If there is no environment variable named "fish_greeting", then nothing will be printed. By default, there is a fish_greeting variable. You can erase this: set --erase fish_greeting


Yes, you can do it with things like that: zstyle -e ':completion:*:default' list-colors 'reply=("${PREFIX:+=(#bi)($PREFIX:t)(?)*==02=01}:${(s.:.)LS_COLORS}")' Just change the 01 and 02 colors so it matches your taste, for example to match your screenshot: zstyle -e ':completion:*:default' list-colors ...


I think the answer is that using set -U is a red herring. Instead, add the following to ~/.config/fish/config.fish: if status --is-interactive set PATH $PATH ~/.local/bin; end


To get the same result as your command, it is the script filename you are looking for. This information is not stored in a variable, but you get this by querying status. basename (status -f) # The name of the file status -f # The full path of the file More information: http://fishshell.com/docs/2.0/commands.html#status


status --current-filename will output the path to the currently executing script. For more information on the status command, you can run man status or see the documentation at http://fishshell.com/docs/current/commands.html#status


The result of a command substitution becomes a list by splitting on newlines (technically the contents of $IFS, but modifying IFS is discouraged). So you could replace spaces with newlines, perhaps with tr: function testArray echo 1 2 3 4 end set r (testArray | tr ' ' \n) echo $r[2] Or modify the function to just output newlines directly: function ...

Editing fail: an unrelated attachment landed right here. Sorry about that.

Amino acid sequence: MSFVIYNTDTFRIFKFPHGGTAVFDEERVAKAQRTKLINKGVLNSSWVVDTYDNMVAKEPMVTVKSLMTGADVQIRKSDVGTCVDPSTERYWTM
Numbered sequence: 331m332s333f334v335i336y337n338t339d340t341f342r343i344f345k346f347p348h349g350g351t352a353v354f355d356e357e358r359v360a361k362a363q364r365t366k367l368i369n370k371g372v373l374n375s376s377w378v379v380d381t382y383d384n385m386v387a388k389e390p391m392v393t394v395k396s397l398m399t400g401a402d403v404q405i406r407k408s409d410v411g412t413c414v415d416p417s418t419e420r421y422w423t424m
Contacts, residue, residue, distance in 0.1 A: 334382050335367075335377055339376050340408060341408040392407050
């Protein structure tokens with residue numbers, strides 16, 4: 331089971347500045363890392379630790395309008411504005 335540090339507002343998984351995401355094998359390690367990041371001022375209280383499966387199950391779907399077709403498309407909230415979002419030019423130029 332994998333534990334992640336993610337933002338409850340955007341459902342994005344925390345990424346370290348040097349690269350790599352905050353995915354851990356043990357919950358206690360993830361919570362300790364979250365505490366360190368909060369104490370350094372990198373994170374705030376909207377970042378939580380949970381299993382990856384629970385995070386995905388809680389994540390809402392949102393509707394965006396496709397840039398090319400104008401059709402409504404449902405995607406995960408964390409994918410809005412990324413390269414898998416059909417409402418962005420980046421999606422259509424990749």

echo a(echo b)c If you have quotes, you must exit them: echo "a"(echo b)"c" Hope that helps.


The variables you are declaring are keep in a local scope inside your function. Use: set -g -x Here "g" is for global.


Since those keybindings are already defined in fish_default_key_bindings I am guessing the problem lies with your terminal emulator and that it doesn't send the correct escape sequence. You should also not edit the global config /usr/share/fish/config.fish. Your custom config goes in ~/.config/fish/config.fish If you want to specify your custom key ...


in ~/.config/fish/fishd.(hostname) Since it's host-specific, I'd recommend you put settings you want to share in ~/.config/fish/config.fish


The short answer is echo bunny(seq 6) Longer answer: In keeping with fish's philosophy of replacing magical syntax with concrete commands, we should hunt for a Unix command that substitutes for the syntactic construct {1..6}. seq fits the bill; it outputs numbers in some range, and in this case, integers from 1 to 6. fish (to its shame) omits a help page ...


I had the same issue. It's an incompatibility caused by the multiline value of the rvm_debug variable. I patched the function to ignore this variable completely by making a small change. Open ~/.config/fish/functions/rvm.fish and change line 7 from this: and eval (grep '^rvm\|^[^=]*PATH\|^GEM_HOME' $env_file | grep -v '_clr=' | sed '/^[^=]*PATH/s/:/" "/g; ...


Historically there was a flame ware of sorts between the C shells (CSH and TCSH) and Bash. The complaint against the CSH variants are that they're bad for scripting. In the years I've been a CLI junkie, I've never done any standalone scripts where the scripting language was picked because that's what my shell was. I've written a variety of scripts that can ...


if there is not config.fish in ~/.config/fish/, make it. there you can write your function .function name command end


Save your files as ~/.config/fish/functions/{some_function_name}.fish and they should get autoloaded when you start fish.


You can also use this : https://github.com/adambrenecki/virtualfish It allows you to activate a virtualenv by typing this : vf activate <my_env>